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This is an incredible performance, easily the best one (wo)man show I have ever seen. Superhoe is the self-narrated life and times of aspiring singer-slash-rapper and rebel Sasha Clayton. There’s no easy way through for a young penniless black woman with no daddy and no degree. Now make that a woman with a mind and dream of her own and we know Sasha is headed for some rough times, starting with her domineering, morally superior white step-dad Kevin.
Nicole Lecky is a phenomenon. An English-Jamaican writer, actress and singer from the East End, she came out of the Soho Theatre’s Writers lab and has just won a bursary from the Creative Skillset and Dancing Ledge Productions to write for television. ‘Superhoe’ is her Royal Court debut. She kept the entire audience on the edge of their seat, laughing, cringing, cheering, all on her own for an uninterrupted eighty plus minutes ride. Lecky impersonates all the characters in the story, from her sweet powerless mum to her Yorkshire accented pimp/roommate Carly, with some great songs along the way, including a rap song called “Premium Pussy” that ends with a shower of Monopoly money on us.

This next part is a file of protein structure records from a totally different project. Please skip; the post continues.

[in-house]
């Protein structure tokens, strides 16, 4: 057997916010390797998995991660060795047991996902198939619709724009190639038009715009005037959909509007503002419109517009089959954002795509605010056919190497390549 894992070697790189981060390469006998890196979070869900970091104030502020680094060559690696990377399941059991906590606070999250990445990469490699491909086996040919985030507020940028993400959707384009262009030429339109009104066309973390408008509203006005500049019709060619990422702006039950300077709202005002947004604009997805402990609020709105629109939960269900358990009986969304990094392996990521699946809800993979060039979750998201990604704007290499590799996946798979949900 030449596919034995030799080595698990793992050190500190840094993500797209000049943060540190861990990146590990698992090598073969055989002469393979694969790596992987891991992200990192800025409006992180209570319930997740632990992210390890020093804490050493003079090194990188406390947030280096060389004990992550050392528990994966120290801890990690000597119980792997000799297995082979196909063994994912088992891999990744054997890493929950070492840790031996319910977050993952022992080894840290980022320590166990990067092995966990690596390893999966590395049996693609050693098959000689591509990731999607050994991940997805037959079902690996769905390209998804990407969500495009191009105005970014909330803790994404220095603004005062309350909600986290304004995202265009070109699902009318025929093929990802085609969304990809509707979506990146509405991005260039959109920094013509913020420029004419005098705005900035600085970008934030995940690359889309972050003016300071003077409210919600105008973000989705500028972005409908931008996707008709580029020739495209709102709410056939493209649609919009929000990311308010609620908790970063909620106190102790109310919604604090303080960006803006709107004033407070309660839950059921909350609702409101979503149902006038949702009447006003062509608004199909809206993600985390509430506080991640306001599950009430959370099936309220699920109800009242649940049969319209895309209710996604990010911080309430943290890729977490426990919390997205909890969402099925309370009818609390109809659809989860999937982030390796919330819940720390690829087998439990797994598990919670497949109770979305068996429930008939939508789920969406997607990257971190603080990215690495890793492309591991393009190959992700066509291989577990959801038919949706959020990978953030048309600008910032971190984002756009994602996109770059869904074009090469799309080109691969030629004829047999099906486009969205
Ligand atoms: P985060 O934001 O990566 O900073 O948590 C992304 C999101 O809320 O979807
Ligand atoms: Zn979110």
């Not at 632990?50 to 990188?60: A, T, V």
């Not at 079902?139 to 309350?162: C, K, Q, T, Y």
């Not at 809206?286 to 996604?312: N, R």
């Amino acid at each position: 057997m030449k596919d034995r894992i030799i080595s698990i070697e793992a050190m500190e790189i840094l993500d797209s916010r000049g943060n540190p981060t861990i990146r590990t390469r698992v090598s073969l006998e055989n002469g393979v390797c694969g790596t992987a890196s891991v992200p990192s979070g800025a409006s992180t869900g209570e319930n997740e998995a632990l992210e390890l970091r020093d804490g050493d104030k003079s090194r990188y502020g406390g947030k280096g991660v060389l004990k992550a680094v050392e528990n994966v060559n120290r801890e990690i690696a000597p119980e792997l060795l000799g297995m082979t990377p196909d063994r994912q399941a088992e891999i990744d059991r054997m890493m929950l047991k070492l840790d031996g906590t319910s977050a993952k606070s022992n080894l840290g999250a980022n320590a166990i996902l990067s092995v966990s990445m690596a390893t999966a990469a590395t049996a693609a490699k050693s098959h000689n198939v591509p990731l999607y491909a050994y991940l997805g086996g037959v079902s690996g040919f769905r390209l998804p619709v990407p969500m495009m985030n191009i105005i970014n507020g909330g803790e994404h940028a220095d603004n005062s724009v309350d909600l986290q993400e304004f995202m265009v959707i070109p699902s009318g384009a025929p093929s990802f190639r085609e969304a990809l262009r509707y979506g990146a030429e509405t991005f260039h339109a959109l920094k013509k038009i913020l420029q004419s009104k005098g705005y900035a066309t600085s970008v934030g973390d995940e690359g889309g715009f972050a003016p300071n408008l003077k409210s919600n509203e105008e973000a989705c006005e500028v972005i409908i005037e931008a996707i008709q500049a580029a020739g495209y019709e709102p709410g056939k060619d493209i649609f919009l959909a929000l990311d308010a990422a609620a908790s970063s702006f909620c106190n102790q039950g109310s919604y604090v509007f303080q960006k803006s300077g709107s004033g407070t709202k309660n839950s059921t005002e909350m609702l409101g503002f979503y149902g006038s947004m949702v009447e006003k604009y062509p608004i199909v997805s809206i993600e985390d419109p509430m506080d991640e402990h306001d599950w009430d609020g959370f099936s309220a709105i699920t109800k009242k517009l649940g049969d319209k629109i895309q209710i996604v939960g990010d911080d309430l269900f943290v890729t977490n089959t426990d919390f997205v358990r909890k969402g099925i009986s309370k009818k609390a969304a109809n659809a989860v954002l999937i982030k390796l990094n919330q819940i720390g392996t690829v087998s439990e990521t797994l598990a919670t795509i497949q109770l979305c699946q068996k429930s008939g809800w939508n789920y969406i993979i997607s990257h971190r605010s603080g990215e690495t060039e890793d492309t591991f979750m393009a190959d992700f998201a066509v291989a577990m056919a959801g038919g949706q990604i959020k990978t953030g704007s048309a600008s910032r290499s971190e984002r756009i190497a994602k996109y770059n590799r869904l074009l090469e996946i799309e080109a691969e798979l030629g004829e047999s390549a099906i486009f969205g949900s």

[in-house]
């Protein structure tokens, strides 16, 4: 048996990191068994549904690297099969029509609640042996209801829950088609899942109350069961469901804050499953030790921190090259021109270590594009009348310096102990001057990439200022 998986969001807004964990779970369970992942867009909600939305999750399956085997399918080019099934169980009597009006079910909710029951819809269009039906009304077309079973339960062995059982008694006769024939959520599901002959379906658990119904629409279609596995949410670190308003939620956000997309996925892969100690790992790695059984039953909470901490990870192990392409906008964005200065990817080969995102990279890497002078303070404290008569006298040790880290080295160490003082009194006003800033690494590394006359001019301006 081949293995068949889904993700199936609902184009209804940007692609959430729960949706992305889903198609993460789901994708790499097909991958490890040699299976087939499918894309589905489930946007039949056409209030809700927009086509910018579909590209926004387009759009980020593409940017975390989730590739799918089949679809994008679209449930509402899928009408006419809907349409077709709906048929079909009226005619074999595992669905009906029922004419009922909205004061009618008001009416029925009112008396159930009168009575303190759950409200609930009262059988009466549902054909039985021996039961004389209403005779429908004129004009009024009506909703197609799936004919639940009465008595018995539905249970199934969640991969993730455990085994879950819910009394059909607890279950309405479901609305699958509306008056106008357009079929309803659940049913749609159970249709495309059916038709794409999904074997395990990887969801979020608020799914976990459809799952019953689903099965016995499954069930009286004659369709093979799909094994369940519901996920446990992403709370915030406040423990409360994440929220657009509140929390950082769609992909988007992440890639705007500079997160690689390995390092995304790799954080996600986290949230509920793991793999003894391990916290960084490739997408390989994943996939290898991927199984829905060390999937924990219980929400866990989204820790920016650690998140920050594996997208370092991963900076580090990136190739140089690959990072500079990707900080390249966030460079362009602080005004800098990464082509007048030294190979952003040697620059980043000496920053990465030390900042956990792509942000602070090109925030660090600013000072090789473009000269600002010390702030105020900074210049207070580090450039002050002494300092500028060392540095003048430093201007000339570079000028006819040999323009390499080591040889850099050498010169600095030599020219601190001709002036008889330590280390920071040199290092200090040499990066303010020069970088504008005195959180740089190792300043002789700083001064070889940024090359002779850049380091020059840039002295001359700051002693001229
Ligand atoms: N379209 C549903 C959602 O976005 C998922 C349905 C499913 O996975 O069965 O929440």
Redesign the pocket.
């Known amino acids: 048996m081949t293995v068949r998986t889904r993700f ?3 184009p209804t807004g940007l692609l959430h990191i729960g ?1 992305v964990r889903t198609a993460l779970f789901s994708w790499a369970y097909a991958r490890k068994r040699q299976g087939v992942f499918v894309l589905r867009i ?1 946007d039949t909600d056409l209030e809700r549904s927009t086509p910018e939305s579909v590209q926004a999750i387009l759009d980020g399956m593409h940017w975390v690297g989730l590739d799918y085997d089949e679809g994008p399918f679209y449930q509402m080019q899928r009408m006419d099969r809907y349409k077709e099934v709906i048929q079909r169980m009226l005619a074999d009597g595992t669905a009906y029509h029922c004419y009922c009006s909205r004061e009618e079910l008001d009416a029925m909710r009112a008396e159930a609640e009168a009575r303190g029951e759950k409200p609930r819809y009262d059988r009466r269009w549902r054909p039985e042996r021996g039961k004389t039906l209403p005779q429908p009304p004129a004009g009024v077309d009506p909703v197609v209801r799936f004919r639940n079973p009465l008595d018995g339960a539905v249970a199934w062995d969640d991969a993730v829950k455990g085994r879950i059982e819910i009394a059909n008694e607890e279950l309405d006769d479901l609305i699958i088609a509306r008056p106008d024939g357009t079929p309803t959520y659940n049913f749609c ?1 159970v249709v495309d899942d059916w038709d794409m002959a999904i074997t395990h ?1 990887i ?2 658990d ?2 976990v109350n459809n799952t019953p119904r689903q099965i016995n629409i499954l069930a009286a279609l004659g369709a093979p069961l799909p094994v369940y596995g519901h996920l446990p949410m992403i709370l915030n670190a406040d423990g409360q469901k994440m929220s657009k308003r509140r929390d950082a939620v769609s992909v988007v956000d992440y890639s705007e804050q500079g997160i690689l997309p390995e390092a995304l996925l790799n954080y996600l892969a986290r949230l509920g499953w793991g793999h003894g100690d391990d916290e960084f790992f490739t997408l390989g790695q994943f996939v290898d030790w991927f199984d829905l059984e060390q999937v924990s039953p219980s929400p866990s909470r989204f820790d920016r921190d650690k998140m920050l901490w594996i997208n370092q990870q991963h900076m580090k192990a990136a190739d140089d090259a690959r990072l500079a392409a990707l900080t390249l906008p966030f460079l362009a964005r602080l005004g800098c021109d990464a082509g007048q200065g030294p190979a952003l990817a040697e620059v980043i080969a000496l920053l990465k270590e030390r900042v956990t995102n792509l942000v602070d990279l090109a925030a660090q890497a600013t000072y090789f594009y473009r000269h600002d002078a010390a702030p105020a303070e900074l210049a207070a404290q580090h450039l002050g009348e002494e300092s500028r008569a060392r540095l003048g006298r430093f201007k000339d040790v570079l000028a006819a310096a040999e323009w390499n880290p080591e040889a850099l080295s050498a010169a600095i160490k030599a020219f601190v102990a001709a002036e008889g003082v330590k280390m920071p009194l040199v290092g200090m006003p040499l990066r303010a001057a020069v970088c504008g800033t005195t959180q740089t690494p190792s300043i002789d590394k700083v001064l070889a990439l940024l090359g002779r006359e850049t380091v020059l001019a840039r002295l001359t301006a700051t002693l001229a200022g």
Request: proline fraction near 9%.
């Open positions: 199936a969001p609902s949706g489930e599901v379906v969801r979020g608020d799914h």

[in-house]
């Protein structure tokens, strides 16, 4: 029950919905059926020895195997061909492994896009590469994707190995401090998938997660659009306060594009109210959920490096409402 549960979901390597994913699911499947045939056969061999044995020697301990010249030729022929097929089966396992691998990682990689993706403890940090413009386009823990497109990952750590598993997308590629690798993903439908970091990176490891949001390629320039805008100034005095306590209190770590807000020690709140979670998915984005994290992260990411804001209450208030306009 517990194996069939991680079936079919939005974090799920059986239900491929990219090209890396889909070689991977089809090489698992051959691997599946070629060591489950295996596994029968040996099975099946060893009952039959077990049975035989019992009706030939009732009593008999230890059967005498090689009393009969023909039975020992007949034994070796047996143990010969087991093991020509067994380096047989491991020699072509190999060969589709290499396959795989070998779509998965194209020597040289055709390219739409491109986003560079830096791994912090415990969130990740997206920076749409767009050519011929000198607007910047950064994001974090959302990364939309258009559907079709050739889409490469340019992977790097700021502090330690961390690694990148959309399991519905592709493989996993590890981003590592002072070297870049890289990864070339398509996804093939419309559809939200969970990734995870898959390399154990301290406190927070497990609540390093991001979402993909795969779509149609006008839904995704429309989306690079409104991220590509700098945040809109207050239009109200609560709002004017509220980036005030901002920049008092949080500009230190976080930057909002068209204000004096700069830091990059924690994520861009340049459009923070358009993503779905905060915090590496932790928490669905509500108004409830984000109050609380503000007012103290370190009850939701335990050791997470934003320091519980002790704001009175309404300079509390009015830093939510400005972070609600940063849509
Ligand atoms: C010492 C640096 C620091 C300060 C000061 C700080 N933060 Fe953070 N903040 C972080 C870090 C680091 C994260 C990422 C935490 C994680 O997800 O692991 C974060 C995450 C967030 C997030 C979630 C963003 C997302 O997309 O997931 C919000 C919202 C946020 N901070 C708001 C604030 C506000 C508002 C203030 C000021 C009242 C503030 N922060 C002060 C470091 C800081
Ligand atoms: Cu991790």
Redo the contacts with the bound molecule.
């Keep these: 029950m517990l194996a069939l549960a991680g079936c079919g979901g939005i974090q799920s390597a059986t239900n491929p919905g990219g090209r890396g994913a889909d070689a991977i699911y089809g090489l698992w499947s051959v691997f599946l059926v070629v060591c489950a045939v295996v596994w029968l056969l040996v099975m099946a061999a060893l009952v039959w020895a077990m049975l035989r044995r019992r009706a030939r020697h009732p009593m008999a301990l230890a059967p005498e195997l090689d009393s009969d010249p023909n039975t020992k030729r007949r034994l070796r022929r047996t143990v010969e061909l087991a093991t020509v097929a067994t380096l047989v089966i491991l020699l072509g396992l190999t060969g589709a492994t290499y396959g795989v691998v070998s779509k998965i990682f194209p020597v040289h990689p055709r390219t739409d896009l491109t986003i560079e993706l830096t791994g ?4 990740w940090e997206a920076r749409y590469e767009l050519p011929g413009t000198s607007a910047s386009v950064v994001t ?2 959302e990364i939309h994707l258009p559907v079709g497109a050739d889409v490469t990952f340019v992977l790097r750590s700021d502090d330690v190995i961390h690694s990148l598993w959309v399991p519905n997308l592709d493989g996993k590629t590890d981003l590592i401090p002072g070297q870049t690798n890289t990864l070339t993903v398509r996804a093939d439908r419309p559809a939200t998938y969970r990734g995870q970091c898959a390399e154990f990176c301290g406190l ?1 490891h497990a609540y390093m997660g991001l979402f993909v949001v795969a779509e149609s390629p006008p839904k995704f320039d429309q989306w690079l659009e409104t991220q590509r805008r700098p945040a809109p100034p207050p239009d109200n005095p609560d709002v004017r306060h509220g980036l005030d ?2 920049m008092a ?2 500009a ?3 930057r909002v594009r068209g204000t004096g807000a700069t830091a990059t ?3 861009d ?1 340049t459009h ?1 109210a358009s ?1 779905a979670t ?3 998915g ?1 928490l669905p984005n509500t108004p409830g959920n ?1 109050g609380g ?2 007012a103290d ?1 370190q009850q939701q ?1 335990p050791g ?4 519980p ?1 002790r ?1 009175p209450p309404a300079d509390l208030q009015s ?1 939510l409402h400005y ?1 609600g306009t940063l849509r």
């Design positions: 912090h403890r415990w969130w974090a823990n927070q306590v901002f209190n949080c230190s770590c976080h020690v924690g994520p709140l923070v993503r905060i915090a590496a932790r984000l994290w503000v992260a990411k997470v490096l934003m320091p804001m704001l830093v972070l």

We follow Sasha’s Odyssey from her life in the home where she no longer has a place, down through various levels of hell until finally she finds a safe shore and a second chance. Unlike Ulysses however, the Calypso of Sasha’s story is invented by herself, on her Instagram account. She creates a parallel Sasha, one that her previously disdainful younger sister now admires, a wealthy model who tags the pictures of her high-life with words such as “blessed” while flesh and bone Sasha is brutalized by a ‘client’. It’s a cautionary tale for our age. Lecky manages to create a character unreliable and obviously flawed and yet we root for her because she hangs on to her mind and her dream. When she hits rock bottom, after her last hope collapses, we have some of the play’s best lines: “The room starts to spin and my head gets hot. I’m going home. I don’t even know what that means but I’m going home.” She has nowhere to go. Yet Sasha doesn’t let herself die, inside or out. She tries again. She follows her heart. And this time, finally, it works out. Not in the way Sasha would ever have expected but then again, Sasha is an unreliable narrator. The play ends with Sasha safe in a warm bed and able for the first time to tell what really happened to her. The last song Lecky sings is about being a superhero. Because that’s what it takes for people to survive their traumas. A superhero within.